Bob Miller, a light artist, has sculpted a "window-mirror." He calls it "Everyone Is You and Me." The piece is so intriguing that it was selected as the sole U.S. representative to a recent worldwide conference of museums in Moscow. Yet it is a piece of glass that both reflects and transmits some light. If you look at it, you can see yourself in the "mirror." But you can also see through the "window" at a person sitting on the other side. The curious conglomeration of features that appears in the window-mirror may be an accurate reflection of the way we see things in our daily lives.

I know a woman, for example, who insisted that the average income in the United States was "at least" $40,000; of course, all she was seeing was her own image as reflected in her closed circle of friends. It reminded me of the Reagan aide who is quitting because a family "cannot live" on $62,000 a year in Washington, or the young lawyer who told the Washington Monthly that his $370,000 house was "not that expensive." It also reminded me of a conversation I had with a woman editor at The Washington Post. She was wondering how it was that all we media people were caught off guard when Reagan was elected. The reason of course was that all we New York and Washington media people had been listening and talking mainly to each other. We had been seeing a reflection and assuming it was a window to the outside world.

All of the information and ideas we deal with are filtered through many perceptions and prejudices -- our own and those of people around us. This is also one of the most fascinating facets of light. We see the stars twinkle, for example, not because the stars actually shimmer, but because the air between us and the stars is constantly moving, shaking the light from the stars around. The broad spokes of light tat fan out from stars and street-lights are not produced by the light at all; rather, they are lovely distortions created as the light bends around onion-like layers of transparent cells that make up the lens in our eye. The twinkle that we see is a sparkle in our mind's eye.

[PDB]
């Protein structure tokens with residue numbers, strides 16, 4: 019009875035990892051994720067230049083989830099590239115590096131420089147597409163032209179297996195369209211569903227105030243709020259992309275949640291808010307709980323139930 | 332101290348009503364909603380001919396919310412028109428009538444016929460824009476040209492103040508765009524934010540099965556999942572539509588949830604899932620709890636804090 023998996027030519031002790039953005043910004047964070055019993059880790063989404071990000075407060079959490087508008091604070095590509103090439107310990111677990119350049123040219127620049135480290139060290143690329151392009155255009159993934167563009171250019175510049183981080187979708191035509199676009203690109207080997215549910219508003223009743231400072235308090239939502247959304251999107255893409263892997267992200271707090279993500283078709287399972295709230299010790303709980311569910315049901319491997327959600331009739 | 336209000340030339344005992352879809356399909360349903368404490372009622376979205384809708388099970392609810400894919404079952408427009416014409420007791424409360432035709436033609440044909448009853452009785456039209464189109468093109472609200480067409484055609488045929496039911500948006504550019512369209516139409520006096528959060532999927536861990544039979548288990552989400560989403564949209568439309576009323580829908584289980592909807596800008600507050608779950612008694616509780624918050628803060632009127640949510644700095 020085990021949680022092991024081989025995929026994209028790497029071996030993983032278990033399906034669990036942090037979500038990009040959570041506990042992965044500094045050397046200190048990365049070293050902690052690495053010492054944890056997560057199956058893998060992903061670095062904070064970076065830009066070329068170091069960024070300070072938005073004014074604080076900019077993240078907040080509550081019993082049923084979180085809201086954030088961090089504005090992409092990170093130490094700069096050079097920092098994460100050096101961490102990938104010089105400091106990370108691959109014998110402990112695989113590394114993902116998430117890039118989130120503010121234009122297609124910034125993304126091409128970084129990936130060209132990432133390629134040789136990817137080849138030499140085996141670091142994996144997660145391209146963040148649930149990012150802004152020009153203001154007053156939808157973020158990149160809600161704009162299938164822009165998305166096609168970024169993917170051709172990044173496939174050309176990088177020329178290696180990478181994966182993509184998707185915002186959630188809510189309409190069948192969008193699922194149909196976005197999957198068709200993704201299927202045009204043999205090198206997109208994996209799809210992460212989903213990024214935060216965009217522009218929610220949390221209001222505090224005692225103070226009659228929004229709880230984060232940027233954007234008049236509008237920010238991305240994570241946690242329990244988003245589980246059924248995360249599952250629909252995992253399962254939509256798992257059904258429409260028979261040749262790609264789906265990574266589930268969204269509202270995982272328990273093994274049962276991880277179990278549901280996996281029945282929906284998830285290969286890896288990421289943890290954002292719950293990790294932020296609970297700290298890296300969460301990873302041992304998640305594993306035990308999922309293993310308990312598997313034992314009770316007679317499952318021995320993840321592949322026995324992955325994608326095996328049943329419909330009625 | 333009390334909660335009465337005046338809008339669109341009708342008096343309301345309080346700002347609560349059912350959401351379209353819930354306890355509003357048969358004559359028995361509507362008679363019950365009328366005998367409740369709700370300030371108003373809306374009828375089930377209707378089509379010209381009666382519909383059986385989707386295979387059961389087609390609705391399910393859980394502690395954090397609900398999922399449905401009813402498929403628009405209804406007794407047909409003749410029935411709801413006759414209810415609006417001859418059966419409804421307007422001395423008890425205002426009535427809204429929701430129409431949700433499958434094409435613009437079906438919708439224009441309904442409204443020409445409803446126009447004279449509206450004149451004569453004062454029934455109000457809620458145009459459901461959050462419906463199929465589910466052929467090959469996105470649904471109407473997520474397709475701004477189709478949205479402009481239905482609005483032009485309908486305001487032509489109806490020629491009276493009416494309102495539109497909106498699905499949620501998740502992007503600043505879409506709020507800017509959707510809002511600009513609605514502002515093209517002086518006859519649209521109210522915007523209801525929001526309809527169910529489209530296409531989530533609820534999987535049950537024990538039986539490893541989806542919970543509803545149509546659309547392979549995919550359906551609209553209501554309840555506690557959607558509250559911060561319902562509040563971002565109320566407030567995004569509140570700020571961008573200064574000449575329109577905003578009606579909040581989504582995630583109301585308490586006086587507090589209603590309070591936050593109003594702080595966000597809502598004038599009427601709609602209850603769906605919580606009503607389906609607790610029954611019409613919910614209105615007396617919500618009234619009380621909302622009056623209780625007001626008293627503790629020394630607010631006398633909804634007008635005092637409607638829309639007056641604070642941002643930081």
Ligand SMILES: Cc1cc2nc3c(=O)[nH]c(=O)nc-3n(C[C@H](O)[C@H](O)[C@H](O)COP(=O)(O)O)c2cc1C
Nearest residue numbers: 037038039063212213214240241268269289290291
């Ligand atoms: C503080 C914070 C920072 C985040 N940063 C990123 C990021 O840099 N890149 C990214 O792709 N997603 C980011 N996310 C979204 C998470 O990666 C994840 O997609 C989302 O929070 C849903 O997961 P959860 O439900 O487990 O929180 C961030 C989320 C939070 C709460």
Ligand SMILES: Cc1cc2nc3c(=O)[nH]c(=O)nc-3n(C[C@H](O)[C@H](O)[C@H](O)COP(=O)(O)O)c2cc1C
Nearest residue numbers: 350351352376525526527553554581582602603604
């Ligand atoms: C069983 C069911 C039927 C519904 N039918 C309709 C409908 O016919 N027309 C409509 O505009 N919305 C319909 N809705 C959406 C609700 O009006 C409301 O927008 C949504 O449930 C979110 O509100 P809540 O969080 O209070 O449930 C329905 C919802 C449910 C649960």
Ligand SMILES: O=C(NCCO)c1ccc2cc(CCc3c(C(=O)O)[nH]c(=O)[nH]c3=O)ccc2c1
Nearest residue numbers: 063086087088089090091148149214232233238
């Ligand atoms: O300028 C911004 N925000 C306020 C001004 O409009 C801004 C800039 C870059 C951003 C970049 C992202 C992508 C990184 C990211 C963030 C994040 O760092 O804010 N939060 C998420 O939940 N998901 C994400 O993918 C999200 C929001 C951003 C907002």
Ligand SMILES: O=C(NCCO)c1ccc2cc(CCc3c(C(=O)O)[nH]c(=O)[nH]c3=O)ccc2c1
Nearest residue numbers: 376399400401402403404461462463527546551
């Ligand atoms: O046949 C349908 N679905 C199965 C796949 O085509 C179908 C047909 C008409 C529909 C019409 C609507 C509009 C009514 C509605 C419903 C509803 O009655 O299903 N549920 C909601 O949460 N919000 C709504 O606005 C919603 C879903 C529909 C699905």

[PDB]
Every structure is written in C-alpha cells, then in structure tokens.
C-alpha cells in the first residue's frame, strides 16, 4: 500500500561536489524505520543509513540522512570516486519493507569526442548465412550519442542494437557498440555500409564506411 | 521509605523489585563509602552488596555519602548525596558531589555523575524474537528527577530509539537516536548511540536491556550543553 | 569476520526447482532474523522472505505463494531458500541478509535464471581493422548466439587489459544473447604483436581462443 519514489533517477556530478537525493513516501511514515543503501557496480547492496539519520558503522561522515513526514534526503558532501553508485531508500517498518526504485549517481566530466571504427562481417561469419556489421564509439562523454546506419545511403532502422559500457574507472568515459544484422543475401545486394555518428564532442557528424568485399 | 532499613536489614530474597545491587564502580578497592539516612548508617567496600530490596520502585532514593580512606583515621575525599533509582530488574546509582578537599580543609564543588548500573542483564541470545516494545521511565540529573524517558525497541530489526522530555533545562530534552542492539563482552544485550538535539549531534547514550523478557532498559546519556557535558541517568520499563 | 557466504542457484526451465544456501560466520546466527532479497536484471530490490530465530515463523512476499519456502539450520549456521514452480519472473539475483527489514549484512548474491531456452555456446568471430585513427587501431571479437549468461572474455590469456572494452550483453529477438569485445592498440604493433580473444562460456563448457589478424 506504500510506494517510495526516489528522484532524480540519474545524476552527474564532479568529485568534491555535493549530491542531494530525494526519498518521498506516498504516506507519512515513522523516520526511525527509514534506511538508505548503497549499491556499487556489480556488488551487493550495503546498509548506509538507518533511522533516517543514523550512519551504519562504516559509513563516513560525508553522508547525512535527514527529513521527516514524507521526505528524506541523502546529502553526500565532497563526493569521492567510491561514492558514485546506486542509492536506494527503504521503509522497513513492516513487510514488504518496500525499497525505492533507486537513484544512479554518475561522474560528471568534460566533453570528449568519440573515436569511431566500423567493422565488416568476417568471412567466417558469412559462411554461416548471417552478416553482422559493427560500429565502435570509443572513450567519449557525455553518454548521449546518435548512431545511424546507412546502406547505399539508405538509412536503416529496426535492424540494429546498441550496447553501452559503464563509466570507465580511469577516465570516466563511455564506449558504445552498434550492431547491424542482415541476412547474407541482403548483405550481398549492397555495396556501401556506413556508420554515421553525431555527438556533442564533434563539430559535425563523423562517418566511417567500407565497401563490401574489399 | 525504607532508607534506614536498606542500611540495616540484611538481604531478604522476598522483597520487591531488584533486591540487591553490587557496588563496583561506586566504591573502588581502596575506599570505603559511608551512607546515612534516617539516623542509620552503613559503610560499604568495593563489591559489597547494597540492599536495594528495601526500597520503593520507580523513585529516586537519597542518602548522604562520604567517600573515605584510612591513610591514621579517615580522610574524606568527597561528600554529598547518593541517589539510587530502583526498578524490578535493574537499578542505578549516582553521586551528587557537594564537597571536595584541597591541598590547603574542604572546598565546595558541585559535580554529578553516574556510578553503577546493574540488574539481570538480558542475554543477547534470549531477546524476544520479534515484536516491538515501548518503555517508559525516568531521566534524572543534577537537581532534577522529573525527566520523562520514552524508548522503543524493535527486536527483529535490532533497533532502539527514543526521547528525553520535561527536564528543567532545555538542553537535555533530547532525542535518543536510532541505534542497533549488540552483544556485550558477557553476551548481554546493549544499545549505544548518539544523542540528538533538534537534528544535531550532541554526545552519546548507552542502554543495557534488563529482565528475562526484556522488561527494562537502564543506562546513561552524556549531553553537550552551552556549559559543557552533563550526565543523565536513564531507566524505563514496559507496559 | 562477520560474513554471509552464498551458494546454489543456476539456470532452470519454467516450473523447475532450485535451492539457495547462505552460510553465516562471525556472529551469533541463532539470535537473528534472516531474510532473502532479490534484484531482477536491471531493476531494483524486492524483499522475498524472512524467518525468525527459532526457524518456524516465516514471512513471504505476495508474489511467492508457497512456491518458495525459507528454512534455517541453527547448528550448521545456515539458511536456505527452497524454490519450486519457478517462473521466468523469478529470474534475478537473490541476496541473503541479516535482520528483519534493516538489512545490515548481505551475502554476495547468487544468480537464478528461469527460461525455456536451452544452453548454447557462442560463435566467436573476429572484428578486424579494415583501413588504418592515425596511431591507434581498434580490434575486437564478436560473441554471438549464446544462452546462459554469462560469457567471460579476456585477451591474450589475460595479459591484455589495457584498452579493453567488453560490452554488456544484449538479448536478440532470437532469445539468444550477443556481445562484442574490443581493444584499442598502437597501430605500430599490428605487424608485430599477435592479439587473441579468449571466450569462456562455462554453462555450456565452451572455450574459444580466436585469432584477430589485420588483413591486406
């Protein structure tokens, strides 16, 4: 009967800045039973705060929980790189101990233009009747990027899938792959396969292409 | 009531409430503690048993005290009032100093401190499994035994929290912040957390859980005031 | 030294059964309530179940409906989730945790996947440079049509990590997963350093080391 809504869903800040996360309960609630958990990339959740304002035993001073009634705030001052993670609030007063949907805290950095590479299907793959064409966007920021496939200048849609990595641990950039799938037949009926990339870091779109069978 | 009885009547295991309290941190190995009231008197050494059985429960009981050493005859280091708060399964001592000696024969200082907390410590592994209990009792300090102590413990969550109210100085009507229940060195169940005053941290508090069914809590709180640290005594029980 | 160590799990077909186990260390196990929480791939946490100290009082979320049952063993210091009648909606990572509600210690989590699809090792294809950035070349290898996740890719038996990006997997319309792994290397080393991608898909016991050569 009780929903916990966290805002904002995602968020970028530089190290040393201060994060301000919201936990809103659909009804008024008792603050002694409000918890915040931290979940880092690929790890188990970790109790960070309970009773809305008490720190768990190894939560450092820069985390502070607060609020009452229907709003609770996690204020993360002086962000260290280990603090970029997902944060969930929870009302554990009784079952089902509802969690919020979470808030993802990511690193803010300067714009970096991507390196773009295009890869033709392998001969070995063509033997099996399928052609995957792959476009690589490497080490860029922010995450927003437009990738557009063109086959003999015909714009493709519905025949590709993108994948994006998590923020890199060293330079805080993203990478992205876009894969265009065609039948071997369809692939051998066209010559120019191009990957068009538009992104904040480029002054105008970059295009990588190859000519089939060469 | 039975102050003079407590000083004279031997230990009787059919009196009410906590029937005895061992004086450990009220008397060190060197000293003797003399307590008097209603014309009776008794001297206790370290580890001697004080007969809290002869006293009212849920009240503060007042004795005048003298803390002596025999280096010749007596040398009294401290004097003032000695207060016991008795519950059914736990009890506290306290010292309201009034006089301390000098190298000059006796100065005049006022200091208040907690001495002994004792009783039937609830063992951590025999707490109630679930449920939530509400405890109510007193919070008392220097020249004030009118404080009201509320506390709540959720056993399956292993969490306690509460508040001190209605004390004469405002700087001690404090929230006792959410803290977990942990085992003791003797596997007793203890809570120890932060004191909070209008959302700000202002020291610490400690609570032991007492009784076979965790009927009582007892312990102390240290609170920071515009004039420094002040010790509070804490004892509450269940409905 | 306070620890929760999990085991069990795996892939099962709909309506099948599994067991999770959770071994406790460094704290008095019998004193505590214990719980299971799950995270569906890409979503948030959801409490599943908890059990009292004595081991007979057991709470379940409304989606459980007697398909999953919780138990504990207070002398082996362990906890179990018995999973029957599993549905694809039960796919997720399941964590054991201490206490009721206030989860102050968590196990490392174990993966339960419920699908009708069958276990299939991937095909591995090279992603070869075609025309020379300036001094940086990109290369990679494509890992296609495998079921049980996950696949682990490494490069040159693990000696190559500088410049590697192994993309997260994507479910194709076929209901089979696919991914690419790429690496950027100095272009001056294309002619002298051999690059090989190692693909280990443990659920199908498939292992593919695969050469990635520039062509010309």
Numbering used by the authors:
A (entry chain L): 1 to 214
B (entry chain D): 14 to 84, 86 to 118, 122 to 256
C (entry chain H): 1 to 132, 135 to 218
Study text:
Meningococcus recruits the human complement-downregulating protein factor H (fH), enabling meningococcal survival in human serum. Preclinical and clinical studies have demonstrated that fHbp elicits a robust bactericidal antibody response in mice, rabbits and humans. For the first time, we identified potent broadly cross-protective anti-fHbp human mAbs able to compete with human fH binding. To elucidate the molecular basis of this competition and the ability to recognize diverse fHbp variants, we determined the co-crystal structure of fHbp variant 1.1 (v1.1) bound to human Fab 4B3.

Miller has built dozens of sculptures that show how the play of light can play havoc with our notion of what's what and what's where. But other kinds of mediums that transport other kinds of messages can be equally distorting. Our friends and relatives, the press and entertainment industry, schools and churches, all refract the information they transmit in ways that reflect their own natures. If most of the "national" news we see on TV every night happens in Washington, it is not because most of the news of the nation happens in Washington; it is because most of the national press is in Washington.

I was not surprised, therefore, when the Senate made deep cuts in Medicaid (which helps all ages of poor people) but not Medicare (which helps old people of all incomes). Most of the powerful senators are old. I'm not surprised that the Reagan administration supports policies that benefit the rich -- not when 10 Cabinet members are millionaries. What is surprising is the convincing reality of even the most obvious reflections. Miller has built a sculpture known as an "anti-gravity mirror." It is really just an ordinary, large, free-standing mirror. If you walk up to the mirror and press against it so that the edge of the mirror vertically dissects your bellybutton, only one-half of your body is visible. But you appear quite whole to an observer, for the visible half is reflected in the mirror -- making two identical halves. If you raise your visible leg, its reflection also rises in the mirror -- and you appear to float effortlessly in midair. Even though it's clearly an illusion, people gasp and laugh and react when they see it exactly as if it were real. But the real trick is that there's no trick except the same illusion you see and accept every time you see yourself in a mirror. No one is fooling us but ourselves.

This doesn't mean that the images we see are somehow evil or invalid or "wrong." It does mean that they are usually bent out of shape, or filtered and incomplete. It's hard to get a clear picture when your window on the world is a mirror; you can't hear the truth when all your ideas are echoes. So it's wise to remember that it's the air that twinkles, and not the stars. And that no matter how objective you may think your outlook on the world, to some extent, everything is always you and me.